I call

by PokerAnon ~ February 6th, 2011. Filed under: Instructional posts, Poker psychology, Project: bet, raise, or fold.


Afraid to raise? Don’t want to fold? Just call. This is how the thinking of a beginner poker player goes.

Intense Poker

Here are some of the problems with raising the bet:

  • Two out of three times that you have unpaired cards (like Ace-King) you will miss the flop. Now what?
  • When you hold two Queens, a higher card (Ace or a King) will come on the flop 41% of the time. (With JJ at least one higher card flops 57% of the time, with TT 69%, 99 = 79%, with KK an Ace flops 23%). Now what?
  • You hold AA, raise, and everyone folds. What a waste! You might as well have had 72.

Here are some of the worries about folding:

  • Any Ace could be the winning hand, even against a pair of Kings
  • When you have two cards of the same suit, you might miss your flush if you fold
  • Remember when you folded 96 and the flop came with two 6s and you missed your set of 6s? Or the flop came 875 and you missed your straight?

So most beginners are afraid to raise and are also afraid to fold preflop. So they call. And they call a lot.

Calling can be a good choice, but in limited situations. If you call a raise in late position with AQ, the flop is A92 and the preflop raiser bets out, there is no reason to fold. You have top pair with a good kicker. But there’s also not much reason to raise. You are losing if your opponent has 99 or 22 or A9/A2 or AK which is a small percentage of his possible hands. You are ahead if he has any other Ace hand or a hand like KK/QQ/JJ/TT, and if these are one of his hands he has very few cards that will make his hand beat yours, so there is no reason to risk making him fold by raising. The exception might be a very bad player who will not fold any time he pairs his Ace. In that case build the pot by raising, but that is an exception. Folding is out of the question, raising may chase away or shut down hands that we are beating, so calling is a good option.

~

The tendency to call too much is pretty well known. What I wanted to look at is another effect of that attitude.

You should bet or fold almost all of your hands preflop. If you don’t think that your hand is good enough to raise, then fold! From early and mid position at a 7 – 10 player table, your choices should look something like this:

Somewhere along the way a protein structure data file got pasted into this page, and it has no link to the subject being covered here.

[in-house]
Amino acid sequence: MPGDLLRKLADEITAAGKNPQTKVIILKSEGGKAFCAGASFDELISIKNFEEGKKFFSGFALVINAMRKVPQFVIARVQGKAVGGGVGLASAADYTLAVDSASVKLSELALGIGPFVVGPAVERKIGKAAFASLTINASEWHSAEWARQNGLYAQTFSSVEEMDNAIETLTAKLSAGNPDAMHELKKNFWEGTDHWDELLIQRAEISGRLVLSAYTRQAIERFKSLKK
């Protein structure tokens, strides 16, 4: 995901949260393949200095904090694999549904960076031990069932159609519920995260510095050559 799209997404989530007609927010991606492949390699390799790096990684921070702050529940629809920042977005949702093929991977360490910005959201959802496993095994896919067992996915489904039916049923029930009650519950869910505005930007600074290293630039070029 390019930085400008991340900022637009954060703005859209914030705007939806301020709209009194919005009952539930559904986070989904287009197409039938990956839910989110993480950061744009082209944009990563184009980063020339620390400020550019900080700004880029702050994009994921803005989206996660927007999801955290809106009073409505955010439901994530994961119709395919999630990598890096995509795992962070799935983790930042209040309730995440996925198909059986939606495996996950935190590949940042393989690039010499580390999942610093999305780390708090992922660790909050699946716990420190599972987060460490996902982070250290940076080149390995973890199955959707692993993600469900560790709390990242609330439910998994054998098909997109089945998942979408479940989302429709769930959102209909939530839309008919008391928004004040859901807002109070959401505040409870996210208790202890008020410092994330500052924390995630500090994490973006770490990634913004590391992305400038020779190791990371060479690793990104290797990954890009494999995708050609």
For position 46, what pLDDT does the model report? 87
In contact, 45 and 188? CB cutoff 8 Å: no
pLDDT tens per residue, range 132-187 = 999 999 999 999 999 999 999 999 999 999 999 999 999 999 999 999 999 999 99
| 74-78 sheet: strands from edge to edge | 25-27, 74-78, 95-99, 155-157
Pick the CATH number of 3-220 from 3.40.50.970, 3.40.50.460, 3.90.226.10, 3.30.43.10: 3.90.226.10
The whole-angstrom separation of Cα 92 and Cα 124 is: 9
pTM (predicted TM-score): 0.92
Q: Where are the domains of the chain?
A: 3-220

Preflop - early and mid positions


Don’t call because you are afraid to raise and afraid to fold. This is particularly bad in late position. In late position after someone else raises you might re-raise occasionally and call occasionally. But most of the time you should still fold.

Preflop - Mid and late positions behind a raise

But when no one plays and you are in late position it’s a different matter. Say you have A2 or 55 or 86 as the dealer and everyone else has folded. None of these are great hands but they’re not awful either, and there are only two players left, plus if they call you will have position on them on the flop, turn and river. Don’t just call; raise. There’s far too much “I’m afraid to raise, but I might hit something. I’ll just call”, thinking. Calling is the fallback between the two actions that the beginner can’t bring themselves to take. They’re afraid to raise, they can’t bring themselves to fold.

In late position when no one has opened the range of hands that you should raise should be wide and the call range should shrink close to zero. The only times that you might want to call are rare, like one of the players in the blinds are aggressive and you expect them to raise. Then you might choose to just call big hands to try to trap.

Preflop - Late position with no players

So first consider raising. If the cards or your position are not good enough, then fold. There are times that you should call, but try to eliminate it from your choices because your tendency will be to call far too often.

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